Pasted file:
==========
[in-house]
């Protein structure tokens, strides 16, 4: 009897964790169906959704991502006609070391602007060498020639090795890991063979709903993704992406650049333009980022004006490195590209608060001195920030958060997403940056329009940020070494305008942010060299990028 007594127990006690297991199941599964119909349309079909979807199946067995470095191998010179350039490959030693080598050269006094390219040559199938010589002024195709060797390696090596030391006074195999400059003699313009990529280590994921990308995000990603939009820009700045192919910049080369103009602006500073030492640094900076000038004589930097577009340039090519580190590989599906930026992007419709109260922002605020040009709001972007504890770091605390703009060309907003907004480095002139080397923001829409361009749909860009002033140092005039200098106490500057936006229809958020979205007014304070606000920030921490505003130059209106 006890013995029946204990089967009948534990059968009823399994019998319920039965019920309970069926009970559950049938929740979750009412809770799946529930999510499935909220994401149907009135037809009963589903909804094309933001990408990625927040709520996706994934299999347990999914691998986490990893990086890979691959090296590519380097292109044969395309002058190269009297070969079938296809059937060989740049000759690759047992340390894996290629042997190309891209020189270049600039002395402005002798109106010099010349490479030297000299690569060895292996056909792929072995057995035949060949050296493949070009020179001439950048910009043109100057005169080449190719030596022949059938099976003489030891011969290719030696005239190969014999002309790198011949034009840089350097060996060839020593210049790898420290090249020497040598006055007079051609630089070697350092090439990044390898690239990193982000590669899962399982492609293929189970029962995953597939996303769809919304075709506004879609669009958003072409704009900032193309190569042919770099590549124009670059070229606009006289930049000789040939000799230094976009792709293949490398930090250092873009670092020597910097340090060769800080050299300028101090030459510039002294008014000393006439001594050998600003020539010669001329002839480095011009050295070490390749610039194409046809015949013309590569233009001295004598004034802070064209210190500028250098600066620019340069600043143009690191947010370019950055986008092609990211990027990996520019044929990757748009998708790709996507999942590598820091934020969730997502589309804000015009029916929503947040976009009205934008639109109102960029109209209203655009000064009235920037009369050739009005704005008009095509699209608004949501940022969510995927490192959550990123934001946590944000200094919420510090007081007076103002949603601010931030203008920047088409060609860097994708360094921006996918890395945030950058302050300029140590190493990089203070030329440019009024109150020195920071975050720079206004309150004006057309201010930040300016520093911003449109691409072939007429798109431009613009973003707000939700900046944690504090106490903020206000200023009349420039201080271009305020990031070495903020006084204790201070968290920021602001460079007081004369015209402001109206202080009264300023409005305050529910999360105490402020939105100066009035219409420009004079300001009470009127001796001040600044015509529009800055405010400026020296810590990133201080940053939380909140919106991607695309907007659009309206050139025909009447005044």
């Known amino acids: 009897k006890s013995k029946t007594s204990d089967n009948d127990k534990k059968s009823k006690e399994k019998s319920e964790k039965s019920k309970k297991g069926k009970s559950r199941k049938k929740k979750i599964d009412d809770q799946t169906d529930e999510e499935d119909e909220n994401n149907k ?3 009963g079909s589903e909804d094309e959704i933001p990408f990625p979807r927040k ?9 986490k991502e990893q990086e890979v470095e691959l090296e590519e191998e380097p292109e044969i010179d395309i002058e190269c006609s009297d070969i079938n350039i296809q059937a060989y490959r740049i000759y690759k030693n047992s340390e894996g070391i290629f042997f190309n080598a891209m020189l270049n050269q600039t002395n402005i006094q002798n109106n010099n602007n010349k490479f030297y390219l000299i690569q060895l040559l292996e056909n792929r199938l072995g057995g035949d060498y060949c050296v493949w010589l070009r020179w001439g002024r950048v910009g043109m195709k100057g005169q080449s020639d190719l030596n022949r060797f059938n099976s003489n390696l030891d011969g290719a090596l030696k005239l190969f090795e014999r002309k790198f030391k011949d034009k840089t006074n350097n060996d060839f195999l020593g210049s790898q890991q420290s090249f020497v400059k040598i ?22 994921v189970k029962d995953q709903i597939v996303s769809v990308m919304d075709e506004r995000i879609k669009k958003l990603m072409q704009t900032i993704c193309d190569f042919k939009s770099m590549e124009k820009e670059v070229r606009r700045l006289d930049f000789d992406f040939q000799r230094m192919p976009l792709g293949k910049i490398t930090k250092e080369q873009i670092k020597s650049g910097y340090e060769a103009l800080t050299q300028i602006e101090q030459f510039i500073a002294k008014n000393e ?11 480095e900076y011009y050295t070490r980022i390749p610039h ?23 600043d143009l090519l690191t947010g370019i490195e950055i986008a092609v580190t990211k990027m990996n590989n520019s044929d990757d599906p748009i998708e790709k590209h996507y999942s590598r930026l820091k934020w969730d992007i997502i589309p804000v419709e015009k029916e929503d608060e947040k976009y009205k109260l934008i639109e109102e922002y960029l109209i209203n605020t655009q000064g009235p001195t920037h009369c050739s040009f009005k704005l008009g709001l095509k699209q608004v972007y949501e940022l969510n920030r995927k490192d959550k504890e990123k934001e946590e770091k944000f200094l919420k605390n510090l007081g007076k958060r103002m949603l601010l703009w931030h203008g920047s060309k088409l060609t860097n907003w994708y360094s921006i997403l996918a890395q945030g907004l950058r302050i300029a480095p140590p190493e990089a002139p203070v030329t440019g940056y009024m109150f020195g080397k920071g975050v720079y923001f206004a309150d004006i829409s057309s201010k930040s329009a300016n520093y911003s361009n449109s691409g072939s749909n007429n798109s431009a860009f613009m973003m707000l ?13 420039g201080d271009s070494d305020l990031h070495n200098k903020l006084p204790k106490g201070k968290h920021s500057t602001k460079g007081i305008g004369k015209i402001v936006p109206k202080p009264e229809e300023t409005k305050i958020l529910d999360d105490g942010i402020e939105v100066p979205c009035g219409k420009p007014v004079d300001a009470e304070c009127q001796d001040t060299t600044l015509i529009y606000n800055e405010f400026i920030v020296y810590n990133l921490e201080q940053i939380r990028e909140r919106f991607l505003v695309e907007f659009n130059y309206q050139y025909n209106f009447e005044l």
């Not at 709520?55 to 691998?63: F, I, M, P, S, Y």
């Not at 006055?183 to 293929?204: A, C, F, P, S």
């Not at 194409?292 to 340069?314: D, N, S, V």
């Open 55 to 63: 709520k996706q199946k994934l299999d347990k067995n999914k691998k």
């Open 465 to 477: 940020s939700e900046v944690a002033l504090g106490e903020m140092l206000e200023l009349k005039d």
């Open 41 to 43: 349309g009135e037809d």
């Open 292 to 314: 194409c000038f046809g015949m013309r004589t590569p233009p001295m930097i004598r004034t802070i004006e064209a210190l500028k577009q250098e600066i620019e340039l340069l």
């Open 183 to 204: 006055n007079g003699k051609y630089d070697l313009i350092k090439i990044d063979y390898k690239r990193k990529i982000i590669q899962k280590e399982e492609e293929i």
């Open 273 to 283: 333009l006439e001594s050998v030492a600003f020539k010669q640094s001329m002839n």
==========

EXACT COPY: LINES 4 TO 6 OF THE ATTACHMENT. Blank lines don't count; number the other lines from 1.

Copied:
């Not at 709520?55 to 691998?63: F, I, M, P, S, Y």
């Not at 006055?183 to 293929?204: A, C, F, P, S």
């Not at 194409?292 to 340069?314: D, N, S, V």